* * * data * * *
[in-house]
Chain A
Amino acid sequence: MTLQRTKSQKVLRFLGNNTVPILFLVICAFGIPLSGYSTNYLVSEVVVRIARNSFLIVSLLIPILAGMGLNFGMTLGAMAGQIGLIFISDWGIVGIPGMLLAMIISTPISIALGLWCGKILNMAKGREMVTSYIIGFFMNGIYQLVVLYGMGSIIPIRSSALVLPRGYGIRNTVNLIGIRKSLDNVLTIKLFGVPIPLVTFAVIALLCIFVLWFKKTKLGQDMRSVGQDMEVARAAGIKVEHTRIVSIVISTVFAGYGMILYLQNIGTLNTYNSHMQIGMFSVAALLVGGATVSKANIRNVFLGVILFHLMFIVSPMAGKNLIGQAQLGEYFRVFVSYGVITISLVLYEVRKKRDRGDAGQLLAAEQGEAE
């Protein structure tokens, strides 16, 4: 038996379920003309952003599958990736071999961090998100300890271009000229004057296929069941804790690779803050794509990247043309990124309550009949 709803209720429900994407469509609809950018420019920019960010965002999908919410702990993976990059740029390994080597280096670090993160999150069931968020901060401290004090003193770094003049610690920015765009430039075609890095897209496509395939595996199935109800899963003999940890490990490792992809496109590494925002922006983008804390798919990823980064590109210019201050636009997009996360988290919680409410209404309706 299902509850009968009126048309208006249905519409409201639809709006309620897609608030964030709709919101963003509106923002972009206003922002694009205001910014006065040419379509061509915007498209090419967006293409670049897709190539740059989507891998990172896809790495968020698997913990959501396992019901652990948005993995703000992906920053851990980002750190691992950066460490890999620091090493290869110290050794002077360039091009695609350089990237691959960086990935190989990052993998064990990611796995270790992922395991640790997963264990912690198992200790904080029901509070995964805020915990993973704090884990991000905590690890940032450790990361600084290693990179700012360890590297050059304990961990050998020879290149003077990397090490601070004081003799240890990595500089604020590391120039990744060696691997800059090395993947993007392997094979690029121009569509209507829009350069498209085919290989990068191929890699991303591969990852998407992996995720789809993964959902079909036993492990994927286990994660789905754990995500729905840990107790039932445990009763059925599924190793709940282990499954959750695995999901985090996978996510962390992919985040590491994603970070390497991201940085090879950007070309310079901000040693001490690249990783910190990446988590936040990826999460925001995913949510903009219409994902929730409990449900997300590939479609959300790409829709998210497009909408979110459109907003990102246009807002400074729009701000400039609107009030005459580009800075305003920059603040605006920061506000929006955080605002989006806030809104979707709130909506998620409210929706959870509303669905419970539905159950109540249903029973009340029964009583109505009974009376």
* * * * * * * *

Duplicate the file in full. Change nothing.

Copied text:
[in-house]
Chain A
Amino acid sequence: MTLQRTKSQKVLRFLGNNTVPILFLVICAFGIPLSGYSTNYLVSEVVVRIARNSFLIVSLLIPILAGMGLNFGMTLGAMAGQIGLIFISDWGIVGIPGMLLAMIISTPISIALGLWCGKILNMAKGREMVTSYIIGFFMNGIYQLVVLYGMGSIIPIRSSALVLPRGYGIRNTVNLIGIRKSLDNVLTIKLFGVPIPLVTFAVIALLCIFVLWFKKTKLGQDMRSVGQDMEVARAAGIKVEHTRIVSIVISTVFAGYGMILYLQNIGTLNTYNSHMQIGMFSVAALLVGGATVSKANIRNVFLGVILFHLMFIVSPMAGKNLIGQAQLGEYFRVFVSYGVITISLVLYEVRKKRDRGDAGQLLAAEQGEAE
């Protein structure tokens, strides 16, 4: 038996379920003309952003599958990736071999961090998100300890271009000229004057296929069941804790690779803050794509990247043309990124309550009949 709803209720429900994407469509609809950018420019920019960010965002999908919410702990993976990059740029390994080597280096670090993160999150069931968020901060401290004090003193770094003049610690920015765009430039075609890095897209496509395939595996199935109800899963003999940890490990490792992809496109590494925002922006983008804390798919990823980064590109210019201050636009997009996360988290919680409410209404309706 299902509850009968009126048309208006249905519409409201639809709006309620897609608030964030709709919101963003509106923002972009206003922002694009205001910014006065040419379509061509915007498209090419967006293409670049897709190539740059989507891998990172896809790495968020698997913990959501396992019901652990948005993995703000992906920053851990980002750190691992950066460490890999620091090493290869110290050794002077360039091009695609350089990237691959960086990935190989990052993998064990990611796995270790992922395991640790997963264990912690198992200790904080029901509070995964805020915990993973704090884990991000905590690890940032450790990361600084290693990179700012360890590297050059304990961990050998020879290149003077990397090490601070004081003799240890990595500089604020590391120039990744060696691997800059090395993947993007392997094979690029121009569509209507829009350069498209085919290989990068191929890699991303591969990852998407992996995720789809993964959902079909036993492990994927286990994660789905754990995500729905840990107790039932445990009763059925599924190793709940282990499954959750695995999901985090996978996510962390992919985040590491994603970070390497991201940085090879950007070309310079901000040693001490690249990783910190990446988590936040990826999460925001995913949510903009219409994902929730409990449900997300590939479609959300790409829709998210497009909408979110459109907003990102246009807002400074729009701000400039609107009030005459580009800075305003920059603040605006920061506000929006955080605002989006806030809104979707709130909506998620409210929706959870509303669905419970539905159950109540249903029973009340029964009583109505009974009376």